Seven of California's 10 top-paid county employees work at San Joaquin County General Hospital, each earning upward of $689,000 in 2017, according to the latest wage report released by the California State Controller's Office.
Two physician managers – Dr. Moris Senegor, a neurosurgeon, and Dr. Frank Kennedy, a trauma surgeon – earn more last year than the chief executive officer of UC Davis Medical Center and the chief investment officer at the California Public Retirement System. Senegor’s wages totaled $1.15 million; Kennedy’s, $1.07 million.
San Joaquin General CEO David Culberson said that a number of factors affect physician’s wages at the facility. For instance, he said, the hospital employs a limited number of physicians in some specialties. In the case of neurosurgeons, he said, there are three on staff and, because the hospital is a Level III trauma center, it must staff a neurosurgeon 24 hours a day, seven days a week.
“We don’t have a training program here, so we don’t have the fellows and the faculty members that are able to respond to neurosurgical needs,” Culberson said. “Basically, what that means is we’re having our physicians in-house 24/7 for trauma and anesthesia.”
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Consequently, he said, over the course of a year, the neurosurgeons each will work 60-plus hours a week. A good chunk of the surgeons’ wages is for call pay over and above their regular 40-hour week. Each surgeon manager also receives a stipend to compensate for management duty, Culberson said.
“As you add more physicians, the need for that extra call pay would go down,” Culberson said. “If you had six doctors covering 365, they’re paid a whole lot less than if you have three doctors covering 365.”
In cases like that, there’s opportunity for doctors to build large private practices or do other things to earn income outside the hospital setting if they wish, Culberson said. The data from the state controller's office noted that Dr. John P. Gruen, the chief physician of neurological surgery at the larger Los Angeles County-USC Medical Center earned $669,768, but L.A. county officials did not have specifics on this surgeon-manager's workload or whether he worked in private practice.
Senegor’s base pay was $607,902 in 2017; his other pay was $545,029. "Other pay" is a catch-all that includes call pay but also payments for car allowances, meeting stipends, incentive pay, bonuses and other types of contracted payments. Kennedy’s base pay was $322,972 last year; his other pay, $731,991.
That other pay also may include pay to physicians who hold more than one board certification. For instance, Kennedy, a graduate of the University of Southern California's Keck School of Medicine, has practiced more than 20 years and, according to his license details at the Medical Board of California, is board-certified in surgery and surgical critical care. But two highly paid San Joaquin General neurosurgeons – Drs. Abbas Bahari and Azeem O. Oladunjoye – do not list any board certifications in their licensing details.
Other public workers in California, such as athletic coaches, physicians and surgeons in the UC system, earn as just much – even two to three times – the wages that Senegor and Kennedy do. Typically, though, they work at medical institutions that rank highly in national surveys for quality.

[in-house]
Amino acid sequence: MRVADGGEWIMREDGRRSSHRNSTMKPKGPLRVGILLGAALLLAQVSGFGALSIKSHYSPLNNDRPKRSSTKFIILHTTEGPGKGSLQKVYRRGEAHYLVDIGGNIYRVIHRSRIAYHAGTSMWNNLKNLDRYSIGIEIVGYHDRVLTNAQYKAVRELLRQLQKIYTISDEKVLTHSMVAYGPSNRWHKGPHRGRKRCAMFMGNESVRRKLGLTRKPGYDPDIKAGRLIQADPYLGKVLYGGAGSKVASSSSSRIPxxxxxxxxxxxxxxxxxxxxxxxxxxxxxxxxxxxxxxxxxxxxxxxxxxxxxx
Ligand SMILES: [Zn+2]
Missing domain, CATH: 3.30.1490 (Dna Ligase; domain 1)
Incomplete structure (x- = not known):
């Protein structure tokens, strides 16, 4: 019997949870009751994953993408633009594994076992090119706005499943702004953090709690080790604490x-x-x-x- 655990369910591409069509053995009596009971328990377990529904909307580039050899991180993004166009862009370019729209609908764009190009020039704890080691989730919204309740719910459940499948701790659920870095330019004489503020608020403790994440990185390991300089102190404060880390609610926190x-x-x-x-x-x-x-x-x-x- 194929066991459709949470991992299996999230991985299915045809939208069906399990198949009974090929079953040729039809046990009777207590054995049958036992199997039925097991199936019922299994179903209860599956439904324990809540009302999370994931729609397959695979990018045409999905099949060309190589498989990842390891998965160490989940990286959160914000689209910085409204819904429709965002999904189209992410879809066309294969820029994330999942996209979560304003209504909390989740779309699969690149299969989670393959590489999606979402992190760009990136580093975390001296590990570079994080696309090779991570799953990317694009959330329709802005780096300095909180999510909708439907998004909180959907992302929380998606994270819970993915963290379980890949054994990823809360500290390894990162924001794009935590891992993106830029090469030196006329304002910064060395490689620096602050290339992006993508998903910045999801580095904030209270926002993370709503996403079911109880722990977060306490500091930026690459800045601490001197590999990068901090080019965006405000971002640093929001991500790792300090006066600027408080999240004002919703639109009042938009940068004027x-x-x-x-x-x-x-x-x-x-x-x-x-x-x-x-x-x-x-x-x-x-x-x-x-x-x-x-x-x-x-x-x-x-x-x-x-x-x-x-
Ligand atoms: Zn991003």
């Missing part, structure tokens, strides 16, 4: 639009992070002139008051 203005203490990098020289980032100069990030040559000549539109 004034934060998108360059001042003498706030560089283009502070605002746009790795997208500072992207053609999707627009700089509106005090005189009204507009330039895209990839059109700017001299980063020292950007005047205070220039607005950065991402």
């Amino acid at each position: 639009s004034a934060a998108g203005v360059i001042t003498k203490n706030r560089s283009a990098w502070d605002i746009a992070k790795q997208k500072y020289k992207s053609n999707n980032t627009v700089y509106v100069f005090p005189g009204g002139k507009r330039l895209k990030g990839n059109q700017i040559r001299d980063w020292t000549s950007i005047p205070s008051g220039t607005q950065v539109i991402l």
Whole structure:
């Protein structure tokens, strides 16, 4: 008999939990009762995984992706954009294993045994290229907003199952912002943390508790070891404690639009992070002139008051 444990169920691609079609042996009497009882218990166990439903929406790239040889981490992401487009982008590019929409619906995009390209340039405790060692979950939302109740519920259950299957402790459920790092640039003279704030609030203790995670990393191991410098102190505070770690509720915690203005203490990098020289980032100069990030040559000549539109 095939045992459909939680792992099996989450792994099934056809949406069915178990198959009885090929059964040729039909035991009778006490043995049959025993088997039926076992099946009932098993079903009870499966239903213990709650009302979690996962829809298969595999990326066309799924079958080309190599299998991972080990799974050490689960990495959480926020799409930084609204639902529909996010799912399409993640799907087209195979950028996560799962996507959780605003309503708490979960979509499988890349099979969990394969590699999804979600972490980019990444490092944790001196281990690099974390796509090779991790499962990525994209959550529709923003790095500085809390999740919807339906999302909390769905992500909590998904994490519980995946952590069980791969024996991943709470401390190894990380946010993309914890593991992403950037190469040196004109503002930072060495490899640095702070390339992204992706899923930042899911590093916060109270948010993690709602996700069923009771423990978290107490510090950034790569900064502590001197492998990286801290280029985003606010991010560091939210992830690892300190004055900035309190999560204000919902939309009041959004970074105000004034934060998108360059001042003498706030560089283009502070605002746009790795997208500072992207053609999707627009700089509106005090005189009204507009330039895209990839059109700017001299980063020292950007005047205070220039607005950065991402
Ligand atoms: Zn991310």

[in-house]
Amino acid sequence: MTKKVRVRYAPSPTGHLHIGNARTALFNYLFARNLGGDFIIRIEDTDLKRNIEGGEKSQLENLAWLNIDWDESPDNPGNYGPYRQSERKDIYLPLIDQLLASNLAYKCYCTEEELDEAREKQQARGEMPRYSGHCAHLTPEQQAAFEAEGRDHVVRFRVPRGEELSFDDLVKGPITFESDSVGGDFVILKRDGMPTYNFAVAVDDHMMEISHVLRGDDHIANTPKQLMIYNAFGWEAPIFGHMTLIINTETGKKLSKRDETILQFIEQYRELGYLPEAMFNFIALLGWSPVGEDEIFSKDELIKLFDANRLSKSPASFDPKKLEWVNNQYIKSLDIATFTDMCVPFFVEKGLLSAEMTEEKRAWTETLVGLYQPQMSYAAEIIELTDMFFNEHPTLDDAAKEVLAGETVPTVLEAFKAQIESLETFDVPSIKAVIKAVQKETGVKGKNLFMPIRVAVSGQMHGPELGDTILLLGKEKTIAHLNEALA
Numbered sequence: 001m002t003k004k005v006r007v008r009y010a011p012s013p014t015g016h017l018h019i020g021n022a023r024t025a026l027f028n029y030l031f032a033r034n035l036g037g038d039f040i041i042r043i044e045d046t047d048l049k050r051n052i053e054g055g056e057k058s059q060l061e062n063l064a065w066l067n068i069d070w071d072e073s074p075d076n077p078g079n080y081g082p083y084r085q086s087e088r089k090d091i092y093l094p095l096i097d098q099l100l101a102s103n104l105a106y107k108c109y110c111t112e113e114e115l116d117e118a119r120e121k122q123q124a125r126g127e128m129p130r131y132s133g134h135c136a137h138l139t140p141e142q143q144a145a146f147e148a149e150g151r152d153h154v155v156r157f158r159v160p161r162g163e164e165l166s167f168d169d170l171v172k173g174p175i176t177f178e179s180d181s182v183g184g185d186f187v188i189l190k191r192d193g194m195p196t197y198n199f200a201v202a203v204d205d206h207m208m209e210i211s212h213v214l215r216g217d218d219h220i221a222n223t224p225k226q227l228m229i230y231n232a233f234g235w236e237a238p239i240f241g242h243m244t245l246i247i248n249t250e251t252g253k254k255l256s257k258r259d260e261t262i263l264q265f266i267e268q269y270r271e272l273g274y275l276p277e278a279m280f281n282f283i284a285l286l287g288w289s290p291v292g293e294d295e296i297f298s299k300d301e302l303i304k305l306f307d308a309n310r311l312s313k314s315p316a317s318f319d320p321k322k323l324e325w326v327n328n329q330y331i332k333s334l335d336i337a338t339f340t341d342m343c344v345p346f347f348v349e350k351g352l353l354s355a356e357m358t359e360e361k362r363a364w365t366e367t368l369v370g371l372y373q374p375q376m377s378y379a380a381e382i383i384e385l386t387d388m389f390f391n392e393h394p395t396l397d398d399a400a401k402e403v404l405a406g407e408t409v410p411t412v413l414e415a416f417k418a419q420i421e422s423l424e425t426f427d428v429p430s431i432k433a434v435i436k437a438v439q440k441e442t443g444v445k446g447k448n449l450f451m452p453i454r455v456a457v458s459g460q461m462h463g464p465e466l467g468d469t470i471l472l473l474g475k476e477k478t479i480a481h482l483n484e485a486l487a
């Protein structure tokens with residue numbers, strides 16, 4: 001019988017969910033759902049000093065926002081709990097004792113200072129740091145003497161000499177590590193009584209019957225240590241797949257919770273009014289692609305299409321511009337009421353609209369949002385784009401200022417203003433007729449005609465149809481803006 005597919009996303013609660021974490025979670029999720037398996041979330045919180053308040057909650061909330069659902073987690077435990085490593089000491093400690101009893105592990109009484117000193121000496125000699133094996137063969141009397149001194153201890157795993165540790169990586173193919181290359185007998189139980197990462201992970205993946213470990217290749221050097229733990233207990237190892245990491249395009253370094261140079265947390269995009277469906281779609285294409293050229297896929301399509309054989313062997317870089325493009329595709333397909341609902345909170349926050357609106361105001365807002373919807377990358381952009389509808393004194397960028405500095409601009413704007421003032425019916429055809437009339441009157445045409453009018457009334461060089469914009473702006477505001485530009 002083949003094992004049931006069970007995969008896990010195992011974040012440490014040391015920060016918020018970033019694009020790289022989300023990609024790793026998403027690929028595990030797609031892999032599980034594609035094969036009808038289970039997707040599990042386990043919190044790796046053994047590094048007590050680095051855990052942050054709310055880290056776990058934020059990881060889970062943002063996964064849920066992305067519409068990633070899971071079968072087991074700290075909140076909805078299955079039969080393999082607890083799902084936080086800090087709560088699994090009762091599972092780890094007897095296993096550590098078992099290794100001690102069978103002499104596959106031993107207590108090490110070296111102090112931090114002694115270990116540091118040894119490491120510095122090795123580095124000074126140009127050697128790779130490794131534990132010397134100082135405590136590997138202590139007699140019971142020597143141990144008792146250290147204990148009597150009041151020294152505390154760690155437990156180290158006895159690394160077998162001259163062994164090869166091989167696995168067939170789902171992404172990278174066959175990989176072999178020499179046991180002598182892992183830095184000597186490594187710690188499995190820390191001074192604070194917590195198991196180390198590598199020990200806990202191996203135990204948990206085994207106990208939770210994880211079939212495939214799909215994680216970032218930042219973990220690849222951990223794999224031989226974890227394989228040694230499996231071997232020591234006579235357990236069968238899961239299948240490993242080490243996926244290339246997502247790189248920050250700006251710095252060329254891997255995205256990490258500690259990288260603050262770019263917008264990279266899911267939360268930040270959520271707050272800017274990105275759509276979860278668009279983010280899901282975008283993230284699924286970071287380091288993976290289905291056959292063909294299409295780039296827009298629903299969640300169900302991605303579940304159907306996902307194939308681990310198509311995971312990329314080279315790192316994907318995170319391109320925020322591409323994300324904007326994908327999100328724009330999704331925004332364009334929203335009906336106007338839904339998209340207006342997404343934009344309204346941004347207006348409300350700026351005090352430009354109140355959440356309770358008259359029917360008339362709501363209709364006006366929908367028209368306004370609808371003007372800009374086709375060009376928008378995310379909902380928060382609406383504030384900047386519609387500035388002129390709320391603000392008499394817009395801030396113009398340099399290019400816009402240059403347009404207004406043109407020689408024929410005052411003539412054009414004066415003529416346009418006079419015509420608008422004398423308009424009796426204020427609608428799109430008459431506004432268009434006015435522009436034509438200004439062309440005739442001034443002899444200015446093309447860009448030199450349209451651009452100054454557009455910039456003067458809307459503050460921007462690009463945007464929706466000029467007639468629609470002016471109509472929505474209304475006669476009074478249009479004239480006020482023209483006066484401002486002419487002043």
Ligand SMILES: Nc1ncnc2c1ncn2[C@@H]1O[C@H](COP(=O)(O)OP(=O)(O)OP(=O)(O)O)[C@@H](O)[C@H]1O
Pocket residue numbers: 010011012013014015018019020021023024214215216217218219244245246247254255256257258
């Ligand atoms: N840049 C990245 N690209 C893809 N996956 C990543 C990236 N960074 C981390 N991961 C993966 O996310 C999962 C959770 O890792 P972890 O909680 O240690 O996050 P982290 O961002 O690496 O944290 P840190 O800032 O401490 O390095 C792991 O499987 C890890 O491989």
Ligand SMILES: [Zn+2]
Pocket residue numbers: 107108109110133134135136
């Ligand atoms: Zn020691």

San Joaquin General did not earn a ranking on the CareChex quality ratings of 110 neurological surgery departments, but other county hospitals did, including L.A. County-USC (ranked 110th) and Santa Clara Valley Medical Center (59th). UC-affiliated hospitals on the list included UCSF Medical Center (25th), Ronald Reagan UCLA (18th) and UC Davis Medical Center (56th).
Culberson said that San Joaquin General, based in French Camp, fulfills a critical role, serving 800,000 residents and numerous motorists in a county that sees high traffic along Interstates 5, 205, 580 and state highways such as 4, 12 and 99. Between crime and traffic incidents, Culberson said, the hospital sees an average of 300 trauma cases a month.
The Sacramento Bee asked veteran compensation consultant Paul Dorf, founder and chairman of Compensation Resources, about what goes into determining what physicians are paid. He said tax-exempt hospitals typically require an independent, outside panel to review prevailing market wages and provide a recommendation to the board of directors about salaries.
While a hospital's chief executive can make recommendations on wages, he said, the board must have data that back up the recommendation. Dorf said this documentation is critical in case anyone challenges physician pay in court. Without supporting data, the doctor could end up having to pay excise taxes or perhaps penalties on the excess wages.
In order to determine prevailing wages, Dorf said, consulting companies like his would review wage surveys prepared by three different organizations. He reviewed one such survey and noted that it showed that 94 neurosurgeons working at hospitals in the western United States reported average regular wages of $888,731.
This figure, he said, does not include added pay for on-call shifts or for department head stipends. Neurosurgeons in the 25th percentile of that wage survey earned $639,000 in regular pay, while those in the 75th percentile earned $1.07 million.
Dorf said, in reviewing the wages released by the state controller, that San Joaquin County may be getting a bargain. Although that’s just one wage survey, which he said includes a lot of data, he would review three such surveys before helping a client create a salary strategy.
“We also look at whether the doctor is acting as the head of a department,” Dorf said. “Is he the medical director? Is he or she is board certified? Do they have different board certifications? There is usually add-on salary that goes with that.”